The right HVAC filters can make the difference between clogged air full of contaminants and clean air that is healthy and easy to breathe. Understanding the different types of air filters for homes is the first step to getting the best indoor air quality you deserve. A secondary benefit of a good oven air filter is improved IAQ, which means the whole family breathes better. Good air filters can stop biological contaminants, pet dander, dirt, mold spores, and other contaminants.
Cheap air filters can stop only the largest particles (sand and sand, hair, dust). The main difference between types of air filters is their ability to filter various airborne contaminants present in your home. This skill depends on the type and arrangement of materials used. For example, tightly woven layered material will filter better than thinner material.
So, should you always go for the highest rated air filter types? In fact, a high-efficiency air filter can make your HVAC system less efficient. As the filter traps more fine particles, it blocks airflow through the heat exchanger. Your system works harder to heat or cool the air, resulting in higher energy bills and a greater risk of your oven being damaged by overheating. The thicker the air filter, the longer it will last.
A 1-inch filter will clog with particulate matter much faster than a 4- or 5-inch filter. When looking at the packaging, check the manufacturer's recommended replacement dates. This will give you a good idea of the value of a thicker air filter. However, because they have a relatively small surface area for trapping particles, they cannot trap the smallest contaminating particles that threaten your health.
Least efficient flat panel types include 1-inch disposable fiberglass filters that come standard in most home heating and cooling systems. Flat panel filters made of synthetic material are somewhat more efficient, and denser ones can slightly improve air quality. If you find any of these in your HVAC system, consider upgrading to a more efficient type. Their larger surface area and density allow them to trap tiny particles that you might inhale.
That includes mold spores, as well as the smallest particles of pollen and pet dander, which the least efficient filters overlook. Like flat panel filters, pleated filters are also disposable, but last longer than flat filter types. There is no boiler air filter in your system to improve the air in your home; its role is to protect your heating. With all the different types of HVAC air filters available at the average home improvement store, choosing the right one can be confusing.
Older HVAC systems or systems with leaking ducts may perform better when equipped with filters with lower MERV ratings. The minimum value of the efficiency reports rates the effectiveness of the air filters on a scale of 1 to 20, with 20 being the most effective. The primary function of HVAC air filters is to remove harmful particles from the air as it flows through the system. The risk of using these filters is that if you forget to change them as scheduled, they can become so clogged that they will prevent airflow to the point of reducing system efficiency and causing excessive component wear.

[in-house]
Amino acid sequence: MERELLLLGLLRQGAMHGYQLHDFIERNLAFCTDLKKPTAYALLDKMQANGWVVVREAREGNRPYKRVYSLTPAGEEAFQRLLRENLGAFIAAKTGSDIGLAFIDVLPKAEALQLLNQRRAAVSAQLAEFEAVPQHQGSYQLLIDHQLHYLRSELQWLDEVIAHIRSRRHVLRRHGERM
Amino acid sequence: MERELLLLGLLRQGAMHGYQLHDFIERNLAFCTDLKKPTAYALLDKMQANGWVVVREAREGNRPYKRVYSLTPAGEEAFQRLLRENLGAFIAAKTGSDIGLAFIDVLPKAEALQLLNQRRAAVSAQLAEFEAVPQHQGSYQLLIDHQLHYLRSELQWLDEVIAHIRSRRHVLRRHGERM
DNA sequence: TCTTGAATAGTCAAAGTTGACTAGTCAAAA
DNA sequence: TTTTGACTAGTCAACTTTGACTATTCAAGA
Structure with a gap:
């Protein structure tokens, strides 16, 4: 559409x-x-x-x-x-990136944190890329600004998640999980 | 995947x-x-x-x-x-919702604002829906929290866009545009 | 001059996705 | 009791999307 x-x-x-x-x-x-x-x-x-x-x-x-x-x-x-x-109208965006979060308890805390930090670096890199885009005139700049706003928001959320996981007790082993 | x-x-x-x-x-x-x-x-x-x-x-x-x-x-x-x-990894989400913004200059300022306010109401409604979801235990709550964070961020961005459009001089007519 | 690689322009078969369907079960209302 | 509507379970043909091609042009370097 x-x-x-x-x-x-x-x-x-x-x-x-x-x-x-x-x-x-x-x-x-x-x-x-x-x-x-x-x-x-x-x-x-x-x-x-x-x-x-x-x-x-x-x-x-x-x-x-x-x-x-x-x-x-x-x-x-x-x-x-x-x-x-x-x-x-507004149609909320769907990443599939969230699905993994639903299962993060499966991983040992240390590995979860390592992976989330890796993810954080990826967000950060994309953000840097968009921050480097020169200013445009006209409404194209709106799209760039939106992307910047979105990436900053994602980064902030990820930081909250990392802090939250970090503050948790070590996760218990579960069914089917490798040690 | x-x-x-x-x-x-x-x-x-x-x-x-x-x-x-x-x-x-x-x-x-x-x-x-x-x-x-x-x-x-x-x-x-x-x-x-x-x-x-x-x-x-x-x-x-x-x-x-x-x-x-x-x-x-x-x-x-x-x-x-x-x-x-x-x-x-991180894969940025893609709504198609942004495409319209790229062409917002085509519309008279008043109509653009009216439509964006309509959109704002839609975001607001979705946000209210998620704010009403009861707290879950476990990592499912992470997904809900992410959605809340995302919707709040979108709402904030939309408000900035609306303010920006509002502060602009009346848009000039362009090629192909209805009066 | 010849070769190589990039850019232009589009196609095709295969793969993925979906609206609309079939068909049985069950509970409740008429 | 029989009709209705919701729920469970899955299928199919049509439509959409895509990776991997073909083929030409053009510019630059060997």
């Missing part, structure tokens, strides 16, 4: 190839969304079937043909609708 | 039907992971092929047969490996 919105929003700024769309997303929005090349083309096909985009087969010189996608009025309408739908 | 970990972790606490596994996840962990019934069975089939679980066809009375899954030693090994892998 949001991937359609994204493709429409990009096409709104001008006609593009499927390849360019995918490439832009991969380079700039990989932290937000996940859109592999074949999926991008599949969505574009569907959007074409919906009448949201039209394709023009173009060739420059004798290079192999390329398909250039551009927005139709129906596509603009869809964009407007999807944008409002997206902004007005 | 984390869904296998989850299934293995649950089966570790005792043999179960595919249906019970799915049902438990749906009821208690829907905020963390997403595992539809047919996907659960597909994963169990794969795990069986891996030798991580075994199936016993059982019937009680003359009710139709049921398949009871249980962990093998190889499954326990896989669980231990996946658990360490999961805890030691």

Second, while ultraviolet light filters remove bacteria and viruses from the air, they do little against pollutants such as dust. Because most residential HVAC systems don't have a fan motor strong enough to compensate for this slowdown, a HEPA filter would damage the motor. The next part of choosing the right air filter is deciding on an appropriate level of particulate capture efficiency. It usually appears somewhere on the filter packaging, with recommendations based on the filter and your home conditions.
Because choosing an effective yet cost-effective air filter is key, MERV 7 and 8 filters are usually recommended for most homes. If you can find a reusable filter that captures all types of contaminants you need to filter for your family's health needs, then you could pay more money upfront but ultimately save money in the long run. The filter you select will help determine how well your HVAC system works and how clean your indoor air remains. The Environmental Protection Agency suggests that consumers contact an HVAC technician to determine which type of air filter is best for their systems.
These filters also work to remove particles from the air, improve indoor air quality, and protect your HVAC system from damage caused by clogged filters or too much airflow restriction.